The best business decisions are always based on hard facts
Scientific decision making, using the marketing model, is a good way to plan how to make a decision. Setting objectives, gathering and analysing data and then developing and implementing a strategy is important when making decisions. However, by just using the marketing model to make a decision may not be the best way to go about making decisions. There are a number of different factors which need to be looked at to benefit the most from making a certain decision and instinct and also be used.
By using the marketing model the business is reducing risk in the making the decision. However this way costs a lot of money especially the research so it may not be effective to use it. Instead a ‘hunch’, or gut instinct, may be better to use to base the decision on. For smaller decisions, such as day-to-day choices, it may be more useful to the company to not use the marketing model because it would take much longer to make decisions.
If, for instance, a business was trying to decide how many pencils it bought, as this is a small, relatively insignificant decision, there is no need for an analysis of how many people use. Someone just needs to make the decision quickly so that the business can use its resources more effectively. It also depends of the urgency of the decision. If the pencil manufacturer wanted to know how many a company wants in under 2hrs then it would be virtually impossible to use the marketing model in this instance.
If, however, the decision to be made has a much larger time scale, such as development of a product, then the marketing model can be used. When the marketing model is used it forces managers to investigate a number of issues. If, for example, a company is trying to decide whether or not to make a product it may have to take into account whether the company has the facilities to make the product and if not how much it will cost to make the machinery to make the product.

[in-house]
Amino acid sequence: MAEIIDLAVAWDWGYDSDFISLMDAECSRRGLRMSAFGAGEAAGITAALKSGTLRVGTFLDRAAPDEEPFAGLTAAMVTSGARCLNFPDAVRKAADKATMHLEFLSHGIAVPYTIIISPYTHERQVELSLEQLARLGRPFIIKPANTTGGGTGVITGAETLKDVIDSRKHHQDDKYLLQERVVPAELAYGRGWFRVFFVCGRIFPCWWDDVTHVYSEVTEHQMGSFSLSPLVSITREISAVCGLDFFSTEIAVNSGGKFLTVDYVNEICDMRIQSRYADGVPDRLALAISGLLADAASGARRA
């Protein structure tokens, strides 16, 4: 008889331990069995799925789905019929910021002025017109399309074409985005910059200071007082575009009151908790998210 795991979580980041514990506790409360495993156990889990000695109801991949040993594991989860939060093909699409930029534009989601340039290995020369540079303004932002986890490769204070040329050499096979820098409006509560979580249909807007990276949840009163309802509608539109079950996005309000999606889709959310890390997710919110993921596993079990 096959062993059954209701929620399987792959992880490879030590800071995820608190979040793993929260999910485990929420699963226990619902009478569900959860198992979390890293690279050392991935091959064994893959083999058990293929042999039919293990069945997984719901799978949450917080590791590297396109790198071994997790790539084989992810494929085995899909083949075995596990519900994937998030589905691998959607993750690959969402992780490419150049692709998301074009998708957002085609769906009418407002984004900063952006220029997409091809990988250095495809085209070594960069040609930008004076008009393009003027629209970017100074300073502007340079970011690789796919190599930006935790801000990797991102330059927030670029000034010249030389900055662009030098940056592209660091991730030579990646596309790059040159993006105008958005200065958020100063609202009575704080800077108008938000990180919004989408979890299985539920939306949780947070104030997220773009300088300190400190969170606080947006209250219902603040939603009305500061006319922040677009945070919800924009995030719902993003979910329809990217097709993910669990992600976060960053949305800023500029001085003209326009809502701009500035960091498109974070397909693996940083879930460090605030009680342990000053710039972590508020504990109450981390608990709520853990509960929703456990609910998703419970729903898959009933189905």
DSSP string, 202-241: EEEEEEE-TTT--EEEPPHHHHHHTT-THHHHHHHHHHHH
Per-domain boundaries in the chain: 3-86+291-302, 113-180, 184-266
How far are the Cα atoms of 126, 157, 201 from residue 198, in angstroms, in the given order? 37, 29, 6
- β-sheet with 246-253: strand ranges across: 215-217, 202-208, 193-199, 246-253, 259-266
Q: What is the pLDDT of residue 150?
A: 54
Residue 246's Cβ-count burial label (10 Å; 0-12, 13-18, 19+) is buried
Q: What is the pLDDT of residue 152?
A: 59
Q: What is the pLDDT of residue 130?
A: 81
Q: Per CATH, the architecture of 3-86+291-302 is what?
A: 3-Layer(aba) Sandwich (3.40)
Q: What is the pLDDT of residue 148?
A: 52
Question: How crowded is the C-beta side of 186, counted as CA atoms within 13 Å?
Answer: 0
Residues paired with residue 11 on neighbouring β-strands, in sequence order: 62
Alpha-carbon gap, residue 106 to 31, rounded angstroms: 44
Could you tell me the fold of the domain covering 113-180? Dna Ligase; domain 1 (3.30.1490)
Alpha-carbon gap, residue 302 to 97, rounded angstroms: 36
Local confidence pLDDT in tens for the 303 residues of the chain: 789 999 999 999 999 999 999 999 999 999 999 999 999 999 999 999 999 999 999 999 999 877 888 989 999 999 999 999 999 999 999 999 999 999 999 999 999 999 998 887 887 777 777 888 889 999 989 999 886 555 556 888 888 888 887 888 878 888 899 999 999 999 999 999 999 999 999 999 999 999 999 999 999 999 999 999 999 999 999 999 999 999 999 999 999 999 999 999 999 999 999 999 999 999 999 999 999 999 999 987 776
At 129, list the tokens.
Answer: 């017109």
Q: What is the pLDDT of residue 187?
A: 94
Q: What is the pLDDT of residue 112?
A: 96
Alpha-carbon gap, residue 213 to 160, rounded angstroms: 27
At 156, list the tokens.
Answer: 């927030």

The manager may well have to see whether the different sections within the company are ready for the decision to be made, for instance the personnel department may need to recruit more people or the marketing department may need more time to research the problem. Business decisions which are based purely on hard facts may not be the best way to come to a conclusion. Having reliable data is important, such as qualitative and quantitative data, because it allows the manager to make a decision based on good data.
However, this may not be possible in a company which is developing a new project because data about it will not exist, therefore the company cannot use extrapolation or see if there are any correlations. The only research the company can do after the product is made and it may be too late. Therefore in this circumstance it may be better for a manager to use a hunch, even though it is risky. When a manager has to make a decision, whether it is best to use only hard facts or rely on instinct, it depends of the particular situation.
If the nature of the decision makes it less important then obviously less time should be taken on it and instinct may be a more appropriate means to come to a decisions about it. However, when making an important decision then hard facts may be more useful. In my opinion, however, a balance can be met where hard facts are used along side initiative and instinct. This provides the best of both worlds as the decision is based on data yet there is still a degree of flexibility because at the end of the day it’s a manager making the decision, not the data.